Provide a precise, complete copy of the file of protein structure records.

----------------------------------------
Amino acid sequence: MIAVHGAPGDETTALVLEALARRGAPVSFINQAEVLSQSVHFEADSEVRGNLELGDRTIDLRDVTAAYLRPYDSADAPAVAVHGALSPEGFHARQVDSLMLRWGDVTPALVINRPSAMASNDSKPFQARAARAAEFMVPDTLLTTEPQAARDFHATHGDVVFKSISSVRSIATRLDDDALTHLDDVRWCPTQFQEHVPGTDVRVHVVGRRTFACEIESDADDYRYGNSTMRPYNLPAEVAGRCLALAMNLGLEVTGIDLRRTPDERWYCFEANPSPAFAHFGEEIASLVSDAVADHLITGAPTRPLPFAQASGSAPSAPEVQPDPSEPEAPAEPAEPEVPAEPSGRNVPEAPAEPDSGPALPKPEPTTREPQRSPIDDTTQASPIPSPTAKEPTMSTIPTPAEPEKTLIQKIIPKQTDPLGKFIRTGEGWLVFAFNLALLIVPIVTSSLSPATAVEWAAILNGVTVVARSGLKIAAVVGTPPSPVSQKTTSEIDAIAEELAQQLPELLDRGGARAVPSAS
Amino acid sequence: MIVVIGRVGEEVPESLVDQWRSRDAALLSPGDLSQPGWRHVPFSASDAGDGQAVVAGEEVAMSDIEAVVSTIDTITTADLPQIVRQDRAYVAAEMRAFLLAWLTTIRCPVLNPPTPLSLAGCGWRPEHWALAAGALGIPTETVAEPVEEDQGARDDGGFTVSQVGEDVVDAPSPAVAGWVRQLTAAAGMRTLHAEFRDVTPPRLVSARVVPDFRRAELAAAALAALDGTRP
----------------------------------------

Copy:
Amino acid sequence: MIAVHGAPGDETTALVLEALARRGAPVSFINQAEVLSQSVHFEADSEVRGNLELGDRTIDLRDVTAAYLRPYDSADAPAVAVHGALSPEGFHARQVDSLMLRWGDVTPALVINRPSAMASNDSKPFQARAARAAEFMVPDTLLTTEPQAARDFHATHGDVVFKSISSVRSIATRLDDDALTHLDDVRWCPTQFQEHVPGTDVRVHVVGRRTFACEIESDADDYRYGNSTMRPYNLPAEVAGRCLALAMNLGLEVTGIDLRRTPDERWYCFEANPSPAFAHFGEEIASLVSDAVADHLITGAPTRPLPFAQASGSAPSAPEVQPDPSEPEAPAEPAEPEVPAEPSGRNVPEAPAEPDSGPALPKPEPTTREPQRSPIDDTTQASPIPSPTAKEPTMSTIPTPAEPEKTLIQKIIPKQTDPLGKFIRTGEGWLVFAFNLALLIVPIVTSSLSPATAVEWAAILNGVTVVARSGLKIAAVVGTPPSPVSQKTTSEIDAIAEELAQQLPELLDRGGARAVPSAS
Amino acid sequence: MIVVIGRVGEEVPESLVDQWRSRDAALLSPGDLSQPGWRHVPFSASDAGDGQAVVAGEEVAMSDIEAVVSTIDTITTADLPQIVRQDRAYVAAEMRAFLLAWLTTIRCPVLNPPTPLSLAGCGWRPEHWALAAGALGIPTETVAEPVEEDQGARDDGGFTVSQVGEDVVDAPSPAVAGWVRQLTAAAGMRTLHAEFRDVTPPRLVSARVVPDFRRAELAAAALAALDGTRP